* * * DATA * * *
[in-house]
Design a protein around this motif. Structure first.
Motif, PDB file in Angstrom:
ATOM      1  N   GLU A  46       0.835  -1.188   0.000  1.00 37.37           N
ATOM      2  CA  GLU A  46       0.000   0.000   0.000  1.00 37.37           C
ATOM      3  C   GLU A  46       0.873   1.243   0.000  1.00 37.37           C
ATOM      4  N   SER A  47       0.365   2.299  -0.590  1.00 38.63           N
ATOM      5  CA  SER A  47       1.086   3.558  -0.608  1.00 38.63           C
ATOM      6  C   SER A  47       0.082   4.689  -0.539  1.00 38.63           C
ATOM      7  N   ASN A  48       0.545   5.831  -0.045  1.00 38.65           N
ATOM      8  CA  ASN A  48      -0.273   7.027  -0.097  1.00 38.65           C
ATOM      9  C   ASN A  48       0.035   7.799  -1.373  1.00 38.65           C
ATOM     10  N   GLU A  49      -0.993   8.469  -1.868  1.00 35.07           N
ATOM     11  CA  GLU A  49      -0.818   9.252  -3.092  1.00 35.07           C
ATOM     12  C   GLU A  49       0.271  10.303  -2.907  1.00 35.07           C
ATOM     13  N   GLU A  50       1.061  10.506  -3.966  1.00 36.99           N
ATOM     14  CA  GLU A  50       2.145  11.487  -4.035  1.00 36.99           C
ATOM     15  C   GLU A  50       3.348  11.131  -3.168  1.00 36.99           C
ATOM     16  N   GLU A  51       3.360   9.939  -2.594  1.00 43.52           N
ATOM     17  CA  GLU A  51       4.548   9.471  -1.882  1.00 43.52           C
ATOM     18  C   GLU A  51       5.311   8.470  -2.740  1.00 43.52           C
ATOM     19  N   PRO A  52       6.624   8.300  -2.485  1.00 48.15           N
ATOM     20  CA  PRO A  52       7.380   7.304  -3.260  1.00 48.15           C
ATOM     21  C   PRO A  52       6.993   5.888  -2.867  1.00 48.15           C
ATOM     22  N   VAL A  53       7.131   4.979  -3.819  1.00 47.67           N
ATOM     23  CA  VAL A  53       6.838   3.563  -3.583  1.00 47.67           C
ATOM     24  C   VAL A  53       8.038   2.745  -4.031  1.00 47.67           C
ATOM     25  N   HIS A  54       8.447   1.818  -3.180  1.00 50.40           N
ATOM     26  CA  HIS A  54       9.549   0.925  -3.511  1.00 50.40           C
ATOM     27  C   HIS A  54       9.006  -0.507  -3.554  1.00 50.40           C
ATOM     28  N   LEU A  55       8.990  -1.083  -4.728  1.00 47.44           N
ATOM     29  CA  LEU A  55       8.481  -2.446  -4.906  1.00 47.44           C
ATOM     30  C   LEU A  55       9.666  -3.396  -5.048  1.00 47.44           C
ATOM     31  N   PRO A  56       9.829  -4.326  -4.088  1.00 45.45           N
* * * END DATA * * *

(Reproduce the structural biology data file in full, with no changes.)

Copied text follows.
[in-house]
Design a protein around this motif. Structure first.
Motif, PDB file in Angstrom:
ATOM      1  N   GLU A  46       0.835  -1.188   0.000  1.00 37.37           N
ATOM      2  CA  GLU A  46       0.000   0.000   0.000  1.00 37.37           C
ATOM      3  C   GLU A  46       0.873   1.243   0.000  1.00 37.37           C
ATOM      4  N   SER A  47       0.365   2.299  -0.590  1.00 38.63           N
ATOM      5  CA  SER A  47       1.086   3.558  -0.608  1.00 38.63           C
ATOM      6  C   SER A  47       0.082   4.689  -0.539  1.00 38.63           C
ATOM      7  N   ASN A  48       0.545   5.831  -0.045  1.00 38.65           N
ATOM      8  CA  ASN A  48      -0.273   7.027  -0.097  1.00 38.65           C
ATOM      9  C   ASN A  48       0.035   7.799  -1.373  1.00 38.65           C
ATOM     10  N   GLU A  49      -0.993   8.469  -1.868  1.00 35.07           N
ATOM     11  CA  GLU A  49      -0.818   9.252  -3.092  1.00 35.07           C
ATOM     12  C   GLU A  49       0.271  10.303  -2.907  1.00 35.07           C
ATOM     13  N   GLU A  50       1.061  10.506  -3.966  1.00 36.99           N
ATOM     14  CA  GLU A  50       2.145  11.487  -4.035  1.00 36.99           C
ATOM     15  C   GLU A  50       3.348  11.131  -3.168  1.00 36.99           C
ATOM     16  N   GLU A  51       3.360   9.939  -2.594  1.00 43.52           N
ATOM     17  CA  GLU A  51       4.548   9.471  -1.882  1.00 43.52           C
ATOM     18  C   GLU A  51       5.311   8.470  -2.740  1.00 43.52           C
ATOM     19  N   PRO A  52       6.624   8.300  -2.485  1.00 48.15           N
ATOM     20  CA  PRO A  52       7.380   7.304  -3.260  1.00 48.15           C
ATOM     21  C   PRO A  52       6.993   5.888  -2.867  1.00 48.15           C
ATOM     22  N   VAL A  53       7.131   4.979  -3.819  1.00 47.67           N
ATOM     23  CA  VAL A  53       6.838   3.563  -3.583  1.00 47.67           C
ATOM     24  C   VAL A  53       8.038   2.745  -4.031  1.00 47.67           C
ATOM     25  N   HIS A  54       8.447   1.818  -3.180  1.00 50.40           N
ATOM     26  CA  HIS A  54       9.549   0.925  -3.511  1.00 50.40           C
ATOM     27  C   HIS A  54       9.006  -0.507  -3.554  1.00 50.40           C
ATOM     28  N   LEU A  55       8.990  -1.083  -4.728  1.00 47.44           N
ATOM     29  CA  LEU A  55       8.481  -2.446  -4.906  1.00 47.44           C
ATOM     30  C   LEU A  55       9.666  -3.396  -5.048  1.00 47.44           C
ATOM     31  N   PRO A  56       9.829  -4.326  -4.088  1.00 45.45           N